Advertising Approaches to Writing Scripts

Advertising Approaches to Writing Scripts
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“Every successful promotional message must attract attention, arouse interest, stimulate desire, and present a compelling call for action.”

– Rieck, Dean

Did you know that the scriptwriter of promotional spots often draws on advertising principles? In fact, many copywriters work for advertising firms or agencies. Therefore, this article focuses on the advertising approaches adopted for scriptwriting.

The AIDA Approach

Copywriting remains, first and foremost, a marketing strategy. For instance, a TV spot is not a work of art but a piece of persuasive argument with a marketing objective. As a result, advertising approaches influence the process of shaping the concept and writing the script.

One of the most famous and commonly used copywriting formulas, which applies to television spots, is AIDA. It stands for Attention, Interest, Desire, Action. These four words indicate what a good promotional spot should achieve:

• Attract the attention of viewers

• Make the viewers interested in the product or service being advertised

• Create a desire within the target audience for the product or service

• Invite the viewers to take a specific action

Attract the Attention of Viewers

Gallery, Art, Artist, Abstract Art, Viewers

A good spot grabs the attention of television viewers. When writing the script, the copywriter includes an attention-grabbing element. For example, it can be a celebrity featured in the spot or a piece of famous music played at the start of the spot.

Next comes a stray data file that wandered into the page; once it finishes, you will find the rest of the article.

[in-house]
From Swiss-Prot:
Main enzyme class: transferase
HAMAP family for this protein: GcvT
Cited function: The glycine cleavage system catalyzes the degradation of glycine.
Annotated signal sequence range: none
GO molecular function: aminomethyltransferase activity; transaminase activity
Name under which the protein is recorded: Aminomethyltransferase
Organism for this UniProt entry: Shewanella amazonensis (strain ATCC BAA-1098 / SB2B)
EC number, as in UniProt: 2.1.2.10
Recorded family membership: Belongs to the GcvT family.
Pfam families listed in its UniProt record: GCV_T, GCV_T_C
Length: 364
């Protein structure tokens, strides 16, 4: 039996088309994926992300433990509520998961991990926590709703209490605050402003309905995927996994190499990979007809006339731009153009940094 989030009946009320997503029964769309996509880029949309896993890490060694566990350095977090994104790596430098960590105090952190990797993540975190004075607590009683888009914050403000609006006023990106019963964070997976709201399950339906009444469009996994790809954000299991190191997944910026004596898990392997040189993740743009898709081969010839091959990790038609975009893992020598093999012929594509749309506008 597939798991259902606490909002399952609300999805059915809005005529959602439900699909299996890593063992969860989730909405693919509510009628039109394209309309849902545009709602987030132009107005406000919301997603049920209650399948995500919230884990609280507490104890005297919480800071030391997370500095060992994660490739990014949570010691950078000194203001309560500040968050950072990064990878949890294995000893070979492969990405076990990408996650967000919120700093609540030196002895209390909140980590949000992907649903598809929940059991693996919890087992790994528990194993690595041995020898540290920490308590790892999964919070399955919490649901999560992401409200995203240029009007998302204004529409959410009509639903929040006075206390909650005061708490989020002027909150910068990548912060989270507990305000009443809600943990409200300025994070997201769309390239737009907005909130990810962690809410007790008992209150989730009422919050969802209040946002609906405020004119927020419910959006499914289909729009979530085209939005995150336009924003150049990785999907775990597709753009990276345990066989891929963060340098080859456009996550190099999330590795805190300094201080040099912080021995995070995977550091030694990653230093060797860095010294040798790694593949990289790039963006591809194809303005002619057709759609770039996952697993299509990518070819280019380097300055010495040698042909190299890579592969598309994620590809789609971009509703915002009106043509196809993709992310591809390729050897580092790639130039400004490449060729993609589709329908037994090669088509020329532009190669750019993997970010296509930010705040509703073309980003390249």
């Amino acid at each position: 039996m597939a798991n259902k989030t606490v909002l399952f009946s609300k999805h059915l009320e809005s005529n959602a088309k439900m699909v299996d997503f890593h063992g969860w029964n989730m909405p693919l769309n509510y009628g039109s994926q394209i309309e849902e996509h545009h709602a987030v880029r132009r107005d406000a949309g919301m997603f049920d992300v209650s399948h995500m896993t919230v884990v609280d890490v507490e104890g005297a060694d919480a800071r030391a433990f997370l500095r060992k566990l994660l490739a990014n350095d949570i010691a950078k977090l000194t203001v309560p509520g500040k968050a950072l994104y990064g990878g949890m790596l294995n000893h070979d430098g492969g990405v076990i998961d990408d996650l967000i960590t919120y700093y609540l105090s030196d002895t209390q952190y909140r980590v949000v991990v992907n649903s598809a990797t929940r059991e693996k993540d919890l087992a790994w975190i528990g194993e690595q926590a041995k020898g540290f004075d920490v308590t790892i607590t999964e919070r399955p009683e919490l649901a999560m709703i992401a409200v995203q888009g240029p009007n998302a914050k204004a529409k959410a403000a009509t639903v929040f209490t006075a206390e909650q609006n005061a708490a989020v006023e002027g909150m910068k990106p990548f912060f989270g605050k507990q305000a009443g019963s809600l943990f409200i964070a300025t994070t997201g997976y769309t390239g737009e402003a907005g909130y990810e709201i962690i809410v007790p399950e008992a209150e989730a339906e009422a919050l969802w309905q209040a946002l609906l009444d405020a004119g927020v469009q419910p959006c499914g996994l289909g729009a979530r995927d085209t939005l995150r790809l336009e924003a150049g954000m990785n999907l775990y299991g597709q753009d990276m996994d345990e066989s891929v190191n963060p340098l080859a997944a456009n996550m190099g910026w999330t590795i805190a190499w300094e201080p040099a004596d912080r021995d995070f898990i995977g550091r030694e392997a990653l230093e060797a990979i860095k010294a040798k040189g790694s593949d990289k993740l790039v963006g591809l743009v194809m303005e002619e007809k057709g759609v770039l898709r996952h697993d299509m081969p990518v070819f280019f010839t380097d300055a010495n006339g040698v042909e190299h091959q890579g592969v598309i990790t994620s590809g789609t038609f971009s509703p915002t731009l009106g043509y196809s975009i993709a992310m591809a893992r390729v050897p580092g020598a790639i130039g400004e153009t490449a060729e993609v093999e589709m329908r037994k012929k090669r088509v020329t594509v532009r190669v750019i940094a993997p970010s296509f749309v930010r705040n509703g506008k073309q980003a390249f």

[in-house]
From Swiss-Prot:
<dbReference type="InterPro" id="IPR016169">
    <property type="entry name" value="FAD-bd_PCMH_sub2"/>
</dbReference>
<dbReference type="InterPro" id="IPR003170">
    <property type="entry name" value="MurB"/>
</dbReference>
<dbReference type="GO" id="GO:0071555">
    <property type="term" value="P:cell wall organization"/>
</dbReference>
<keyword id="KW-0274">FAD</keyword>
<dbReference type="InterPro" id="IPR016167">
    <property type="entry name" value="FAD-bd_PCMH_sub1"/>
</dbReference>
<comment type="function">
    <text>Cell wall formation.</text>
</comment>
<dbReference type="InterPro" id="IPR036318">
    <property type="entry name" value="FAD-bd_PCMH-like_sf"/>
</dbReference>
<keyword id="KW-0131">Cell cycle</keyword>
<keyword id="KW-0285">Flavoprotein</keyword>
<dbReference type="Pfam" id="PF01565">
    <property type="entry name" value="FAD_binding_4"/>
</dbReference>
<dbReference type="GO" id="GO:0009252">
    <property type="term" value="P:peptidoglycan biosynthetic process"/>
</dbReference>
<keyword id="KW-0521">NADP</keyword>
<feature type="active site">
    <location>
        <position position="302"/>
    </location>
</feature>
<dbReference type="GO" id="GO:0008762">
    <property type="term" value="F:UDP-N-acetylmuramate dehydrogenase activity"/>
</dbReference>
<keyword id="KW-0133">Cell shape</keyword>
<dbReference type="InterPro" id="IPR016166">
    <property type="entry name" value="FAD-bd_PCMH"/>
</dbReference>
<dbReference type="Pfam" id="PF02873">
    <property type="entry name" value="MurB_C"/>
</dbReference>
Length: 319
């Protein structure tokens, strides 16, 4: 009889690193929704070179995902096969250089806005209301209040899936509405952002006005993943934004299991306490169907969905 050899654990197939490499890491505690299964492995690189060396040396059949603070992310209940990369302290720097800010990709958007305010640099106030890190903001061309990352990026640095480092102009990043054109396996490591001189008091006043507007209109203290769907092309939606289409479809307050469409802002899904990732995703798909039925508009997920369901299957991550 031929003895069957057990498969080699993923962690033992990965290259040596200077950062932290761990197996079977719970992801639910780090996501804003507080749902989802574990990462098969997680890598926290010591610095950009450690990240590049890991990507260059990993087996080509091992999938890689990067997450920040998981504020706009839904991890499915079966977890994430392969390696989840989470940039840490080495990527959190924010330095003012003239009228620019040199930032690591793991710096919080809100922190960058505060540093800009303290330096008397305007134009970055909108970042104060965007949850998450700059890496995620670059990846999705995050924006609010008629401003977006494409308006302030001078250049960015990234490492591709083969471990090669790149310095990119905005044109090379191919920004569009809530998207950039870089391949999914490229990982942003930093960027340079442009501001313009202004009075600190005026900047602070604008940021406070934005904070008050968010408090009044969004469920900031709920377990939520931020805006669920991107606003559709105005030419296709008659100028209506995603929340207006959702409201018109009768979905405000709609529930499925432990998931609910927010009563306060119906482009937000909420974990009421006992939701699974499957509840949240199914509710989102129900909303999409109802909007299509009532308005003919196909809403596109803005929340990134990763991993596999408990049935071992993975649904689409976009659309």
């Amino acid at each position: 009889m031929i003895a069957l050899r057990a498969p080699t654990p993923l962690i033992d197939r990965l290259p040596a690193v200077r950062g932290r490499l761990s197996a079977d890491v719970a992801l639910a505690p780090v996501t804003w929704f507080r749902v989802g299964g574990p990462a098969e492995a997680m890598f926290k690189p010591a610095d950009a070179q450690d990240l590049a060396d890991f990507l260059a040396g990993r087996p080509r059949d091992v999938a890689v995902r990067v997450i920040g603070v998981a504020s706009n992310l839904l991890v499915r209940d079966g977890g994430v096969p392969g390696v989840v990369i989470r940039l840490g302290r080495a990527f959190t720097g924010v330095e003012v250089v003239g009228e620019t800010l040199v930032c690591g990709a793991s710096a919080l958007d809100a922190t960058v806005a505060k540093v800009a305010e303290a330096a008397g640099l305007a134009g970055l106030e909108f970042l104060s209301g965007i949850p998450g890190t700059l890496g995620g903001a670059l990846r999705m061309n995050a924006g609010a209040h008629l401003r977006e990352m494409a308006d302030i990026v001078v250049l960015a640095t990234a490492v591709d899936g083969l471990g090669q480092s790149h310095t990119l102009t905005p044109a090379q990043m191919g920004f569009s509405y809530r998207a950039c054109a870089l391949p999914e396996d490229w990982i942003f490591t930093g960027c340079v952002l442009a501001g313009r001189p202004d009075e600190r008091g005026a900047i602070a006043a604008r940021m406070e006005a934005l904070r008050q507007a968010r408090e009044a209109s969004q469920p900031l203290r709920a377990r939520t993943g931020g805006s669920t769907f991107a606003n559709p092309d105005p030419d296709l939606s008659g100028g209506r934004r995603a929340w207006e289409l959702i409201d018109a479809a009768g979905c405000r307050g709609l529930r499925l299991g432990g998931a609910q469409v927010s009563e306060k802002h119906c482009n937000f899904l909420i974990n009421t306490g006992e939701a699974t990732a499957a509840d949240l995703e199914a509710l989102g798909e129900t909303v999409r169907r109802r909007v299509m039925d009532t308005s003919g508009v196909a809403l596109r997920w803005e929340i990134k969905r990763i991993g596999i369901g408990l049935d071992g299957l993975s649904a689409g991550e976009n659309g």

Hence, the opening of a spot is essential as it will determine if viewers will watch the remainder or not. If a spot has a clearly defined target audience, the copywriter writes an event, a person or song that will attract the attention of people from that demographic. A spot beginning with a middle-aged woman a the house is likely to attract housewives, while another spot with the visuals of young men in a convertible playing loud music will attract the attention of a different type of audience.

Keep Viewers Interested

Once the copywriter has attracted the attention of the audience, he or she keeps them interested in the product or service being advertised. The core message of the spot clearly states the appealing features of the product or service. Copywriters often generate interest by solving a problem, whether implicit or explicit.

Let me give you a simple example. In a spot opening with a middle-aged woman, the copywriter describes a product with which she can clean the house so quickly she will have time to invite friends and clean the house while her husband and children are not home during the day. In this example, the copywriter implicitly refers to the problem of housewives getting bored during the day.

Creates Desire Within a Targeted Audience

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Next, the copywriter creates a sense of desire in the viewers. In fact, the copywriter does not actually create a new desire. Instead, he or she matches an existing desire with the advertised product or service. To successfully accomplish this task, the copywriter must have access to thorough research previously undertaken on the target audience.

Invite Viewers to Take Action

The last and most important step of the AIDA(Attention, Interest, Desire, Action) formula is the call to action. Once viewers have realized the product or service suits their desire, the spot highlights what viewers should do. The objective of any spot is to elicit an action from the target audience. It consists of anything from visiting a website to buying a product. This message must be communicated towards the end of the spot. If the copywriter mentions it earlier, he or she must repeat it close to the end of the spot. It ensures the viewers do not forget critical information as a result of receiving additional information.

What do you think about the AIDA approach? Please share your comments!

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